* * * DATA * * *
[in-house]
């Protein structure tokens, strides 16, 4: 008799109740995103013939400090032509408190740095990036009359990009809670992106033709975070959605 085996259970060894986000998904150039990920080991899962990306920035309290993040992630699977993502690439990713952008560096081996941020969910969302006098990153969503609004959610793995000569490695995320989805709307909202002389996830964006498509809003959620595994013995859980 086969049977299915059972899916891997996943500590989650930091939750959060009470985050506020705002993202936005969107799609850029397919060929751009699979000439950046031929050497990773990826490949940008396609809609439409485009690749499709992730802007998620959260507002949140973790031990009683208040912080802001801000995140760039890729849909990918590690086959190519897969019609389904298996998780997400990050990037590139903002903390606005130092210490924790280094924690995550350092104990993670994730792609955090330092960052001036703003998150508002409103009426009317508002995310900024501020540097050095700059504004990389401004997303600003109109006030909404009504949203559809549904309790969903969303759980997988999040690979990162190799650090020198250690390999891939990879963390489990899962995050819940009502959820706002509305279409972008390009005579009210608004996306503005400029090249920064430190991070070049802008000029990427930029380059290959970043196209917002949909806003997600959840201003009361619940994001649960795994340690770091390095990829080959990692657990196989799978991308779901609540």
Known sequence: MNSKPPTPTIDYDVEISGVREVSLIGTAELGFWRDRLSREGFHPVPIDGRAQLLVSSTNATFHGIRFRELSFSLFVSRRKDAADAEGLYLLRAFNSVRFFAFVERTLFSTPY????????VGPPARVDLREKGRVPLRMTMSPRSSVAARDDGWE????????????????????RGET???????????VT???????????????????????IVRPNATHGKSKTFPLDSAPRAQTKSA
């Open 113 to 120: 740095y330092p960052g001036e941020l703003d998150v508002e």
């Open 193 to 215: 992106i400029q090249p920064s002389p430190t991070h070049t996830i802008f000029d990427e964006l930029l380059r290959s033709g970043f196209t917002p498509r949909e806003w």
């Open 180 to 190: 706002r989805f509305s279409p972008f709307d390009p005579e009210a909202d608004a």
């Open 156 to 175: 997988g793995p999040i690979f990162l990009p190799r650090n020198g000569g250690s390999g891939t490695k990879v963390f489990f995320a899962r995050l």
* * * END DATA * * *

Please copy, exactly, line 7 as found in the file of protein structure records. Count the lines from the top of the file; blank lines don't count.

């Open 156 to 175: 997988g793995p999040i690979f990162l990009p190799r650090n020198g000569g250690s390999g891939t490695k990879v963390f489990f995320a899962r995050l």